# What is violated here

1. Aug 16, 2012

### aaaa202

I am at the moment trying to do something different in the classical mathematical derivations of the equations for rotations and trying to find out why this would not yield a correct result.
This time I do this:

Consider an arbitrarily shaped rigid body rotating about an axis. Let us find out a relationship between its angular acceleration and the external forces acting on it.

For a small masselement of mass mi we note that the tangential force on it is given by:

Ftan-i = miriα
To derive the torque equation you normally multiply by ri and sum up all the torques to get:
Ʃτ = Iα
You can trust that Ʃτ is the sum of external torques only since a simple argument shows that all internal torques cancel.

But let us instead multiply by ri2 and sum up to get:

ƩFtan-iri2 = (Ʃmiri3

Then you can still use the same argument for the internal quantities defined by the right hand side cancelling out. Yet, it does not yield the same result as the correct equation Ʃτ = Iα.
What is violated by this approach?

2. Aug 16, 2012

### arildno

What is violated here is that in general, torquesare VECTORIAL quantities, and it is basically meaningless to multiply with the scalar r^2.

You are working with the special one-dimensional case, and hence this is not clear to you.

You are led astray by the SIMPLIFICATION of a general principle, and I advise you to simply accept, for now, that we define the quantities we do for GOOD REASONS but that those good reasons are best understood on a more advanced level.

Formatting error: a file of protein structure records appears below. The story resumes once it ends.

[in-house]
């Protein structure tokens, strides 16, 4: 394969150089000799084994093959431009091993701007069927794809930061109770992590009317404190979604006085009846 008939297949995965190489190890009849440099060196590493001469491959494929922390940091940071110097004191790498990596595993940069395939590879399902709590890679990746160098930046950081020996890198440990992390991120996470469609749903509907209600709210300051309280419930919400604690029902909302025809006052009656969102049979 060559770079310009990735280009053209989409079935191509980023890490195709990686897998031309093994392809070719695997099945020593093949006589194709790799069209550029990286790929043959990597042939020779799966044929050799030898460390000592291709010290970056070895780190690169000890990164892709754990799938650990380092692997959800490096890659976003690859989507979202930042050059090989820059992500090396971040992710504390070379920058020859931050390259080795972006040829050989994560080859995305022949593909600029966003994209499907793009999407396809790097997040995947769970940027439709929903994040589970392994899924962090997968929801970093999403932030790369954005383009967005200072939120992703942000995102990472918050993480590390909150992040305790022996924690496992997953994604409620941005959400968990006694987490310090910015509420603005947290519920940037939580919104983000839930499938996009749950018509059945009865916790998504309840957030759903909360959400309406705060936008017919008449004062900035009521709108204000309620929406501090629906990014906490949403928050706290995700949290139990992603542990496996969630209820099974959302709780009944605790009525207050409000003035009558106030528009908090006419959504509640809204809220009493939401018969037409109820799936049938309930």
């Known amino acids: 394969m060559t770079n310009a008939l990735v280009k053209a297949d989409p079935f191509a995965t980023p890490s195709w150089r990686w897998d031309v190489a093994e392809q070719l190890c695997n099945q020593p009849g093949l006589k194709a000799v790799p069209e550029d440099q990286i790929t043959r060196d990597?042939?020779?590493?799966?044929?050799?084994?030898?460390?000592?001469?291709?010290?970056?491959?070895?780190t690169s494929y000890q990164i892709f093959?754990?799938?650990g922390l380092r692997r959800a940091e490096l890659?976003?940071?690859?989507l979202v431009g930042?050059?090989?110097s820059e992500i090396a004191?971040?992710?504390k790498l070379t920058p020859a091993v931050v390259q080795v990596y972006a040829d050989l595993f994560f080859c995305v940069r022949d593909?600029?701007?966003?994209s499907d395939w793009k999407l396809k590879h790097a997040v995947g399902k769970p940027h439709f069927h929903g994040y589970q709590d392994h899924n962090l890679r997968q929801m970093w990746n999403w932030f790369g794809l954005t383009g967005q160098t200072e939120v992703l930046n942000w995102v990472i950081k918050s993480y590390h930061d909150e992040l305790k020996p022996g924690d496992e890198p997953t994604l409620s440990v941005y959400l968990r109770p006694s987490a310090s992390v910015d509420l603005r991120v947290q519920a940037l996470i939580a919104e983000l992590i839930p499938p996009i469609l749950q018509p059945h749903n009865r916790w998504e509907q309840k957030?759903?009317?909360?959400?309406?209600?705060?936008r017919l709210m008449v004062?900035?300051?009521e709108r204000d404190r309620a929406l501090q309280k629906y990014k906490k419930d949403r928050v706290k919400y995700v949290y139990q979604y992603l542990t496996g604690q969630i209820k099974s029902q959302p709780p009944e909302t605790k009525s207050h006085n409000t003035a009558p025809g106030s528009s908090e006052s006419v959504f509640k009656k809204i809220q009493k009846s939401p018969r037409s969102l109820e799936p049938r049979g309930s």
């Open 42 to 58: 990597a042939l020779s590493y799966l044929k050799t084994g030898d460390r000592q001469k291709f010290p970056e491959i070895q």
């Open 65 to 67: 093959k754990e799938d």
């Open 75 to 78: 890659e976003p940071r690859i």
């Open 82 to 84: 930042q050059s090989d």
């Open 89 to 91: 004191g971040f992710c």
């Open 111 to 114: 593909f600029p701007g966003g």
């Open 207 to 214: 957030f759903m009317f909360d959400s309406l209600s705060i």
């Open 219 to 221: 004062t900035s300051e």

3. Aug 16, 2012

### aaaa202

More advanced levels as in what? Lagrangian mechanics and the fact that there must be exactly 2 conserved quantities in rotational systems?
I can see that the torques above would violate energy conservation, so I guess that is an argument. Also it would be meaningless to define a crossproduct with r2 since you cant square a vector and get a vector if that is what you mean.
But in that case, do you know where I can find a more general derivation of newtons second law for rotating systems? I study at the university and should be able to understand it, yet my book (Y&F - University physics) is very qualitative and pedagogical with little focus on making derivations as general as possible.

4. Aug 16, 2012

### arildno

Derivation??

We DEFINE a number a quantities in physics, because they are..USEFUL.

If you can show that your alternate ideas includes additional information or predictions than the ones used, then go ahead.

Or are you questioning the formal mathematical validity here?

5. Aug 16, 2012

### aaaa202

Yes I am questioning the mathematical validity - or rather why the other mathematical approach does not work. As you can see it gives an expression for the angular velocity in terms of the sum of forces times the distance from the rotation centre at which they are applied, where you square that. A simple argument shows that the internal ones must cancel out. Yet something must be wrong since it is not mathematically equivalent to Ʃτ = Iα. What goes wrong?